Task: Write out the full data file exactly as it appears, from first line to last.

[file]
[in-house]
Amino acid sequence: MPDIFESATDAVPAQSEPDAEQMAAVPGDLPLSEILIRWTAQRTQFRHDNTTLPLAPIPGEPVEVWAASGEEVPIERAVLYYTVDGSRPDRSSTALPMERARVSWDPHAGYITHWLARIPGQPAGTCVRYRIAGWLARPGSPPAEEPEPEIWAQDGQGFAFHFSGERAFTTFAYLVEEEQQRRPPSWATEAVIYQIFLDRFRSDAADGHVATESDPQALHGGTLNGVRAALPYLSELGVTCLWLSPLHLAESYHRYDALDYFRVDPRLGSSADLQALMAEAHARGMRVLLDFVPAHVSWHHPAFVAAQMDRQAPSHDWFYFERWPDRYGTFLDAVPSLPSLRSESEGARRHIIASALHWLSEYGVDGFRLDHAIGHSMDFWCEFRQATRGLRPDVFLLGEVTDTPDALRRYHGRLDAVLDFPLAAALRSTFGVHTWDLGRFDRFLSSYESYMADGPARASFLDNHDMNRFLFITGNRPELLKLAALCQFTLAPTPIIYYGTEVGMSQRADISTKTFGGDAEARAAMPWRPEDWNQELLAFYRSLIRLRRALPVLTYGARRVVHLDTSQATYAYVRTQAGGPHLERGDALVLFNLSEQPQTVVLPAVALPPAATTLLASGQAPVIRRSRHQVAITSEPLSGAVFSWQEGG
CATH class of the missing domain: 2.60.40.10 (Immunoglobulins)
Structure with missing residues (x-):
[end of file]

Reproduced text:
[in-house]
Amino acid sequence: MPDIFESATDAVPAQSEPDAEQMAAVPGDLPLSEILIRWTAQRTQFRHDNTTLPLAPIPGEPVEVWAASGEEVPIERAVLYYTVDGSRPDRSSTALPMERARVSWDPHAGYITHWLARIPGQPAGTCVRYRIAGWLARPGSPPAEEPEPEIWAQDGQGFAFHFSGERAFTTFAYLVEEEQQRRPPSWATEAVIYQIFLDRFRSDAADGHVATESDPQALHGGTLNGVRAALPYLSELGVTCLWLSPLHLAESYHRYDALDYFRVDPRLGSSADLQALMAEAHARGMRVLLDFVPAHVSWHHPAFVAAQMDRQAPSHDWFYFERWPDRYGTFLDAVPSLPSLRSESEGARRHIIASALHWLSEYGVDGFRLDHAIGHSMDFWCEFRQATRGLRPDVFLLGEVTDTPDALRRYHGRLDAVLDFPLAAALRSTFGVHTWDLGRFDRFLSSYESYMADGPARASFLDNHDMNRFLFITGNRPELLKLAALCQFTLAPTPIIYYGTEVGMSQRADISTKTFGGDAEARAAMPWRPEDWNQELLAFYRSLIRLRRALPVLTYGARRVVHLDTSQATYAYVRTQAGGPHLERGDALVLFNLSEQPQTVVLPAVALPPAATTLLASGQAPVIRRSRHQVAITSEPLSGAVFSWQEGG
CATH class of the missing domain: 2.60.40.10 (Immunoglobulins)
Structure with missing residues (x-):